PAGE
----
This Is When Your Baby Is Ready to Use a High Chair

Image by Freepik

Most babies are ready for a high chair between four to six months, often closer to the six-month mark. This milestone brings kitchen and table freedom for parents and encourages social development as the baby joins family meals. Look for signs like sitting without support and starting solid foods to ensure your baby is ready for this step. Here’s what you need to know.

High Chair Benefits

The advantages of using a high chair extend to both babies and parents. It allows parents to be hands-free during meals, facilitating easier eating and assistance with other children. Additionally, the baby gains a front-row seat to family interactions at the table, promoting social and language development.

Image by Freepik

Your baby is ready for a high chair when they can sit upright without support, displaying good stability and control with minimal bobbing. Holding their head up is a crucial skill. While high chair manufacturers often recommend waiting until a baby is six months old, it’s essential to ensure your baby is individually prepared. Each child develops at their own pace and you shouldn’t rush it.

Introducing Your Baby to the High Chair

Once your baby can sit upright, consider introducing them to the high chair. A trial period allows them to acclimate to their new throne, making the transition to solid foods smoother. Offering a plate, cup, and spoon for play during this ‘test drive’ can alleviate any reservations.

For those who relish being part of mealtime social interactions, position the high chair strategically to ensure your baby has a clear view of you without reaching anything on the table. Additionally, make sure they can’t kick the table with their legs, preventing accidental toppling.

Choose the Right Product

Selecting the perfect high chair for your family involves considering key factors such as cleaning ease, durability, safety features, size for limited spaces, portability, wheel stability, and versatility. Opt for removable, washable covers and designs that minimize crumb accumulation. Prioritize safety with well-secured straps and a five-point harness.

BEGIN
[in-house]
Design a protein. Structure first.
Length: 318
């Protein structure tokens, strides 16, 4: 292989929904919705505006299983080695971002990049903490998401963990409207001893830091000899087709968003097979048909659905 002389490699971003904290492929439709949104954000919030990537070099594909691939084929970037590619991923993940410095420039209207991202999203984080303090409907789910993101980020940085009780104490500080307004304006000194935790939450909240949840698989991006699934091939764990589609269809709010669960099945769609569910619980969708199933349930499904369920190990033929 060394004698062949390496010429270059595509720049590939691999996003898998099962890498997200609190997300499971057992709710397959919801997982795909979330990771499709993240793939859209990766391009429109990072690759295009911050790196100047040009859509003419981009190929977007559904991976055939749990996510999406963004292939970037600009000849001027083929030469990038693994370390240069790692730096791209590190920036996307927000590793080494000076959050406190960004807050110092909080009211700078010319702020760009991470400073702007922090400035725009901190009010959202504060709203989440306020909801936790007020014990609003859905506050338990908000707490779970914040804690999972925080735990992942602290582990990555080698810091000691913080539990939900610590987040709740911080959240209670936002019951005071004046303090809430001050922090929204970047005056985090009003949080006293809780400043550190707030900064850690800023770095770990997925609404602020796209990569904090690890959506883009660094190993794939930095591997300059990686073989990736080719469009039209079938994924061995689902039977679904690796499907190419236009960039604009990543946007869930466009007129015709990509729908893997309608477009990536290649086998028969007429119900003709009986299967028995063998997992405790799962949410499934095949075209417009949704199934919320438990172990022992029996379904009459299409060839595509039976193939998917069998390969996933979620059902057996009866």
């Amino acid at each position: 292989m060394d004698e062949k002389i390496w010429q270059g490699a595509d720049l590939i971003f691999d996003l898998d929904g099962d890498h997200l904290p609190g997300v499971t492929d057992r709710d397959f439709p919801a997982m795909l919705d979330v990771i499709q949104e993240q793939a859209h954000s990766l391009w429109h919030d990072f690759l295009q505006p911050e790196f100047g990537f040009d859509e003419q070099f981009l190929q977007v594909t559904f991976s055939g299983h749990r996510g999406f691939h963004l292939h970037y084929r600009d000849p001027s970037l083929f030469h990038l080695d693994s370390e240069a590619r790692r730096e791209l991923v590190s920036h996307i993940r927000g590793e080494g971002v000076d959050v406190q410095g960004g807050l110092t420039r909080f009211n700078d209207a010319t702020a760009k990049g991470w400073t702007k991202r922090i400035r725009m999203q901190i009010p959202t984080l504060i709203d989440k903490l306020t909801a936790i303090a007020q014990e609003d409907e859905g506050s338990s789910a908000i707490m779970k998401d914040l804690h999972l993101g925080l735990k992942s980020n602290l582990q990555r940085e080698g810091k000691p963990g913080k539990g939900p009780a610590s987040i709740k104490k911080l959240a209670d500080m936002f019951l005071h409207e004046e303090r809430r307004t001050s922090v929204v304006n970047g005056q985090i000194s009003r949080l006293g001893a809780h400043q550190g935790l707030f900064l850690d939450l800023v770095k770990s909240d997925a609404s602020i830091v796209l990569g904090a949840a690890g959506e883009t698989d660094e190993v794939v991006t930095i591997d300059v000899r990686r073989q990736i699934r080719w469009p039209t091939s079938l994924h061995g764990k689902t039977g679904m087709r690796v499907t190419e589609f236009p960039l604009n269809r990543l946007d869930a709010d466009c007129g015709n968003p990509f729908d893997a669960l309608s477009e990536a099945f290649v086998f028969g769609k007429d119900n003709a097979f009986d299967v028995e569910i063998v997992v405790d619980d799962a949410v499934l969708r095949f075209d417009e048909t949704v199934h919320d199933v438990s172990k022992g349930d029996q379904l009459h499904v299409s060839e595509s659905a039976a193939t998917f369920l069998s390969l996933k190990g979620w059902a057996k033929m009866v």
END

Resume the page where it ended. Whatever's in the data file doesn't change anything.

Instagram // @ingenuitybaby

For added convenience, choose foldable or travel high chairs for storage and portability. Ensure wheel stability by checking the locking mechanism. After purchase, maintain a record of the make and model and consider registering it for recall notifications.

Ensuring Safety for Your Little Angel

Are you transitioning your baby to a high chair? Prioritize safety with these key tips. You should secure your baby with safety straps, inspect the chair before use, lock the folding mechanism if applicable, and ensure stability to prevent tipping.

Keep the chair within your sight and never leave babies unattended or let them play with the chair. It’s not only essential for your child to feel comfortable in the high chair, but anyone supervising meals should also be familiar with its operation.

Five Ways to Involve & Entertain Children in Any DIY Project

There’s nothing quite like having your child help you with a DIY project. If you struggle to take your child off the screen, then you should definitely try and involve them in your new do-it-yourself activity. It doesn’t matter whether you build a new shelf, repaint, or create a feature in your garden. Have fun with it, and remember to read the following five ways to involve your kids in your activities.

Tools Should Be Introduced One at a Time

Five Ways to Involve & Entertain Children in Any DIY Project

As you know, children can get easily distracted. If you don’t allow them to take their time with all the tools they will need for the process, you risk compromising their enthusiasm. So, there is no way to stress this enough — always introduce tools one at a time. Your kid will not remember all the equipment you put in front of them if you don’t allow them to slowly learn about them.

Always Work at Their Height

This is especially important if you plan to involve a smaller child in your next DIY project. After all, you wouldn’t be comfortable handling work on a surface that is too high or too low, right? Well, why should you put your kids through it? There are child-size workbenches you can use. Keep in mind that the optimal size for preschoolers is 2 x 4 ft. and should stand 24 in. high. For elementary-age children, increase the height of the workbench by another three inches at least.

Don’t Neglect Safety

Man and woman with boy and girl painting hearts on wall

No DIY activity will be fun if it ends in an accident, right? For this reason, you should always follow strict safety rules. Tie up your kid’s hair if it’s too long. Wear the right shoes. Always put glasses on when using a saw or similar instrument.

Don’t Do it for Them

While you may be tempted to get the screw from your kid’s hands and finish the job for them, trust us when we say don’t do it. Many DIYers don’t have the patience to watch their child struggle with the simplest tasks. But, remember this: by doing these seemingly simple activities, your child will learn valuable life skills. So, guide them if needed, but let them work undisturbed, and you will not regret it.

Bubble Wrap Time!

Remember how fun it used to be when you were a kid and had bubble wrap in your hands? If you order something that comes with bubble wrap, give your kid the gift of playing with it! If it’s big enough, you can put it on the floor so that the whole family can have some fun!